In Unnatural Doubts, Michael Williams constructs a masterly polemic against the very idea of epistemology, as traditionally conceived. Although philosophers have often found problems in efforts to study the nature and limits of human knowledge, Williams provides the first book that systematically argues against there being such a thing as knowledge of the external world. He maintains that knowledge of the world consitutes a theoretically coherent kind of knowledge, whose possibility needs to be defended, only given a deeply problematic doctrine he calls "epistemological realism." The only alternative to epistemological realism is a thoroughgoing contextualism.
"[Many readers] will find their thoughts on the topic deepened and challenged by Williams's powerful and penetrating inquiry."--Marie McGinn, The Journal of Philosophy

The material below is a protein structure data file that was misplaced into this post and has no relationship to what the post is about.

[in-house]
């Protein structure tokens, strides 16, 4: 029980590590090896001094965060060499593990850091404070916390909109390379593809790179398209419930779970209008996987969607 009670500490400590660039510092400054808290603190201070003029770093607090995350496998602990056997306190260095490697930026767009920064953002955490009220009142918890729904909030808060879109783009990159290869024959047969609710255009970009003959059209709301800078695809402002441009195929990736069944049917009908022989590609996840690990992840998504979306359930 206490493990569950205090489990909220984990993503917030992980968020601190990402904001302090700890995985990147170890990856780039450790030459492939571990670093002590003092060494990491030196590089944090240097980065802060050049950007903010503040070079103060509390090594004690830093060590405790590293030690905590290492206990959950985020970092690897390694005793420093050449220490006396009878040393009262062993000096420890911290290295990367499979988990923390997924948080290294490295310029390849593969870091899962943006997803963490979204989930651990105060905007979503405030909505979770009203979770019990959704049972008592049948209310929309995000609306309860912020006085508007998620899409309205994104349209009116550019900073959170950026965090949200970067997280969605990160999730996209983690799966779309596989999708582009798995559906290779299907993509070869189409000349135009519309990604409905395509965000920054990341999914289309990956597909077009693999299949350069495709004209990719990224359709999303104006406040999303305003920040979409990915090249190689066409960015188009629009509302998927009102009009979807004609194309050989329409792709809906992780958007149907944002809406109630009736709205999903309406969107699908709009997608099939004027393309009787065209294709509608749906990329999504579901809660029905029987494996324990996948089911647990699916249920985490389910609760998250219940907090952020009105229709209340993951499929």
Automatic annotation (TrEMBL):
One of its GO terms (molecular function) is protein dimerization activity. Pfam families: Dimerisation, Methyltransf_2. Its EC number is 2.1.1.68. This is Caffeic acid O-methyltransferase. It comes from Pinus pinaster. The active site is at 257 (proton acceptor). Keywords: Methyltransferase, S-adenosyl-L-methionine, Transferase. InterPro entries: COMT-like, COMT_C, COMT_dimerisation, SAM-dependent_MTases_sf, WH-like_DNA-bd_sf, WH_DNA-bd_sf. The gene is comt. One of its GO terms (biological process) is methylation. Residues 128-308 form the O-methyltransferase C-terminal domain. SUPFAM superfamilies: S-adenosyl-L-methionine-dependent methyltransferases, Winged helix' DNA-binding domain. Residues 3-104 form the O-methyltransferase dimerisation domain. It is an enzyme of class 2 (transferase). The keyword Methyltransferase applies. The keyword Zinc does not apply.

"Williams has a feeling for the larger intellectual significance of skepticism and for its phenomenology. He attacks the skeptic's citadel with boldness, determination, and strategic sense. . . . [H]is treatment of a large range of other writings on the subject . . . combines sympathy with acute criticisms."--John Skorupski, Mind
"Exceptionally well-argued. . . . Williams's Unnatural Doubts is a major contribution to epistemology--or, rather, to the discussion of the possibility of epistemology. It includes some excellent discussions of Nozick, Dretske, Davidson, and other important contemporary philosophers."--Richard Rorty
"Williams makes a good case for the view that skepticism as it is usually presented and defended is not a presuppositionless doctrine. He argues compellingly that if we examine its presuppositions, then quite often the case made for epistemological skepticism loses much of its persuasiveness. These points are well worth considering and discussing."--Ernest Sosa
Table of Contents
Another Princeton book authored or coauthored by Michael Williams:
Hardcover published in 1991 by Blackwell